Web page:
Tiny Interview Series

Alex Galmeanu

From when he was young our friend Alex Galmeanu knew he wanted to be behind a camera. Probably most well known for his portrait photography, he’s followed in his father’s documentarian footsteps, and has captured some tranquil time capsules that we’re sharing with you today along with a few burning questions we had for the man behind the lens….

Featuring his most recent and current project, the “People I Know Series,” we also hear about Alex’s past projects, including a movie related shoot. You can also check out Alex’s featured work with AWA here 😉

See our AWA interview with Alex below! 👇

AWA: You’ve dabbled in many different types of photography. Do you have a favorite subject matter or style of work you look forward to most?

AG: Yes, I love to experiment with everything. I was involved in many types of photography or other kind of content, but what I love most is portrait photography. I believe it is the main topic of photography I’m known for and the one I was most successful with.

Do you have an “Aha” moment when it clicked for you that photography was your calling?

My father was a documentary movie director, and, as a kid, I went with him to the places he was filming or in the studio when he was editing his movies. I loved the movie camera, following his camera operators and photography directors. As a kid, my goal was to become a Director of Photography (the guy holding and maneuvering the camera). Listening to a discussion between my father and my older brother, I learned that I have to learn how to use a photographic camera before using a cinema camera. I was 12, and in my mind, it was set that these are the stages, first photography, then cinematography.

This might be tough, like asking someone what their favorite movie is, but do you have a photo shoot that stands out to you?

Many photoshoots stand out to me, but I have a relatively recent story about a special photoshoot and experience I had. I was invited by a Romanian documentary movie director, Oana Giurgiu, to involve myself in a video documentary production, to be, let’s say, the Director of Photography of the movie, not to film it, but to photograph it. The movie is called “Occasional Spies.” The director’s idea was to make the entire movie from photos, a reconstruction of historical events, like an enormous slideshow. The movie’s story is set at the end of the Second World War, between 1943 and 1945, and is related to a spy story on the East European front. So, it was necessary to photograph actors in period costumes, in suitable locations, with the right props and scenography. I’ve done more than 48000 images, from which 2,000 are used in the film, in a project spread over three years. The movie was very well received in Romania; it was awarded “The Best Documentary Movie” at “Gopo Awards 2023”, a sort of “Oscars” in Romania, the highest title a documentary movie can get in my country. It was a successful project but also unique to me; it was probably the most extended project I was involved in to date.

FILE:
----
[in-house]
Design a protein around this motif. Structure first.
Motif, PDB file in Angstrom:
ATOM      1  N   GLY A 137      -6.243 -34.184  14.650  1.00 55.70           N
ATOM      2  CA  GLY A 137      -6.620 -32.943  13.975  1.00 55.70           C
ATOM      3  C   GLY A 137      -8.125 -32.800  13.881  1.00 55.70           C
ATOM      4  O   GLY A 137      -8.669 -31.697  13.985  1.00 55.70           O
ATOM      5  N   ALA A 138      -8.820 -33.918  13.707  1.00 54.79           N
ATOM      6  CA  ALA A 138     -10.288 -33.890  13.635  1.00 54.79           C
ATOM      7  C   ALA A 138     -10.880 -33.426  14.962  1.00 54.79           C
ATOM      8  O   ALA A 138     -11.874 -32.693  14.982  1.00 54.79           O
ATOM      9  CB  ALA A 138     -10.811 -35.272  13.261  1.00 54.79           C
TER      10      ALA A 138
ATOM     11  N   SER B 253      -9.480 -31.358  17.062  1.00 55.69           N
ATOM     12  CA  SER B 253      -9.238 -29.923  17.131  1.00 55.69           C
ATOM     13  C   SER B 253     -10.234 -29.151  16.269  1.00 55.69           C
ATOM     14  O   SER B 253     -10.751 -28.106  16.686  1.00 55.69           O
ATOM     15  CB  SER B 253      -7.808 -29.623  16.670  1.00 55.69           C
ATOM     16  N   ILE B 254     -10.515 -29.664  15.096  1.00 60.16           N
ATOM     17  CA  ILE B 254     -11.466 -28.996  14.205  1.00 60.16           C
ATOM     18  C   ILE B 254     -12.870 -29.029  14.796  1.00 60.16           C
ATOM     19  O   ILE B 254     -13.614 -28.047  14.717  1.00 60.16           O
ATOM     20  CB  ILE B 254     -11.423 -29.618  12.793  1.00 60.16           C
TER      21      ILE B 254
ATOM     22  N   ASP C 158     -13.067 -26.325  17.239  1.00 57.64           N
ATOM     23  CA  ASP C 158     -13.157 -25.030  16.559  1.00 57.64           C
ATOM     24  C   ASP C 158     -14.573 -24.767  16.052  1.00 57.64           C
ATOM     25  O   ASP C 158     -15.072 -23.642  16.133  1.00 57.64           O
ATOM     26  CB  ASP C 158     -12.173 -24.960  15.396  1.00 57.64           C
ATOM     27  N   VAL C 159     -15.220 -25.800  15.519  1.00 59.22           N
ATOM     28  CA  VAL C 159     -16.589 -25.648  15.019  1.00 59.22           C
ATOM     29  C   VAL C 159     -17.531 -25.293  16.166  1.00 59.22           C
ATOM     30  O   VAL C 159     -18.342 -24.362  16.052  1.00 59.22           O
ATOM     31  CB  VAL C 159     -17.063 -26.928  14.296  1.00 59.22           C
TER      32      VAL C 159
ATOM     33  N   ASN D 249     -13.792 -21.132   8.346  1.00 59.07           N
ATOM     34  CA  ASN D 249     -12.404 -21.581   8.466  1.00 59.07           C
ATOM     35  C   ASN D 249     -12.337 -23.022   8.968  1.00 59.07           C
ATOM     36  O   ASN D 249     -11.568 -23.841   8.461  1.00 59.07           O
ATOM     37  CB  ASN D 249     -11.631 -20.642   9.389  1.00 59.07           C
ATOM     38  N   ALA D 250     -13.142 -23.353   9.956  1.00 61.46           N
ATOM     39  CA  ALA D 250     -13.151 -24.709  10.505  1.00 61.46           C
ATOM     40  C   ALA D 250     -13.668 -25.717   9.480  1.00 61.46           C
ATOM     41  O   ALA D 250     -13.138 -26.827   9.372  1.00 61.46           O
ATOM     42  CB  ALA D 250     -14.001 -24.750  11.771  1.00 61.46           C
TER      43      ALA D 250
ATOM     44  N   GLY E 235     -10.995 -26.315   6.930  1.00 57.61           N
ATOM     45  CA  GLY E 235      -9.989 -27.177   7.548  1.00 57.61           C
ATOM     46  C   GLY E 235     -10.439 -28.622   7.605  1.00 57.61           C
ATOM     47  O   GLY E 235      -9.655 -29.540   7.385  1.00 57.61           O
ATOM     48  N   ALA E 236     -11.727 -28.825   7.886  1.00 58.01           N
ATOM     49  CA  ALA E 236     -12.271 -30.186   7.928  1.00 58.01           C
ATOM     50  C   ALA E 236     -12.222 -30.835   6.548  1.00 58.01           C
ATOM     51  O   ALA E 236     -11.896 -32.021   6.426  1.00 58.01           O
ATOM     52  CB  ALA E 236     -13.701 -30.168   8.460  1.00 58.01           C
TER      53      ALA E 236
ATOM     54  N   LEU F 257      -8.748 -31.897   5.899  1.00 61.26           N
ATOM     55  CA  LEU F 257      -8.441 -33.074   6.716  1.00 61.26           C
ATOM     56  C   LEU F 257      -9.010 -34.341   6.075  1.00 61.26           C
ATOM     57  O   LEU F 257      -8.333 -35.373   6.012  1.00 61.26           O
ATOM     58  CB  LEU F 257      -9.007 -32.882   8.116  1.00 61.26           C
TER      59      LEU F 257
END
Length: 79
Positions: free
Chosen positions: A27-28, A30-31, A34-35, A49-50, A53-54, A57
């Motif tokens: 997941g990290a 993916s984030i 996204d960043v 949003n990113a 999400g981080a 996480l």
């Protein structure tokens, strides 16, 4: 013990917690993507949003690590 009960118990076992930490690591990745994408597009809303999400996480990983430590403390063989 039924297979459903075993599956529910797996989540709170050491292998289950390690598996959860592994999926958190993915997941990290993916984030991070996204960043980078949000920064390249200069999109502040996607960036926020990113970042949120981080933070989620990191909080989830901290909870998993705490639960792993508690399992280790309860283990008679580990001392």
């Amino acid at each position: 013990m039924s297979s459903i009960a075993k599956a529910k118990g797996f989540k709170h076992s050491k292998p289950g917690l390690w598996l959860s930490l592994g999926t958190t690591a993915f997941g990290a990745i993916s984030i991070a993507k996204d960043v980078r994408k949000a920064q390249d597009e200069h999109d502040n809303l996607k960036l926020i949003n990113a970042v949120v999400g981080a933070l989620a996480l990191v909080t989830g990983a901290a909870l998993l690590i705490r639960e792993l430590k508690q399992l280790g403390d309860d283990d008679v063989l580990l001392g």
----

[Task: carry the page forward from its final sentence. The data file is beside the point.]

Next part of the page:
What or who inspired your “People I Know Series?”

“People I know” is, let’s say, my portrait portfolio. It was also the first solo exhibit I had ever done, my first breakthrough into the photographic industry. Still, besides that, it reflected on why I started to experiment with portrait photography. As I told you about, portrait photography, besides being a job, was my way, emotionally speaking, of knowing and interacting with people. Those photographed in this series are people I started to see through a photographic camera lens. The project was exhibited several times in different countries (Romania, France, Iceland, for example) and is ongoing; I still complete it with new images.

We love your “As I Found It” series and its often goofy and carefree characters. It reminds us of when we’re on our Adventures and patiently await candid moments of how people interact with the world. Was there a moment that sparked this series?

I don’t know if there’s a particular moment to mention; I see the project as a whole. I believe it is the duty of any photographer, regardless of the field in which he operates, to document how life is developing around him. I feel that it is a duty, an obligation, and a privilege to have the chance to record this vast and fabulous spectacle of life near me.

Lastly, do you have a piece of gear or a particular object that is a must-have for you on a shoot? It could be anything from your favorite lens to a unique coffee mug.

If I’m talking about my professional photography, I need my 50mm lens. 80 to 90% of my pictures are done with this lens; I love that it becomes invisible, does not influence the frame, and is not so present as an optical effect in the composition. Sometimes, I like it when the photographer becomes “invisible” in the composition of an image; one seeing the picture will not “feel” a “special” lens, the intention of the light set-up, or other technical decisions of the photographer. If the photographer becomes “invisible,” the subject will be even more powerful, authentic, and genuine.

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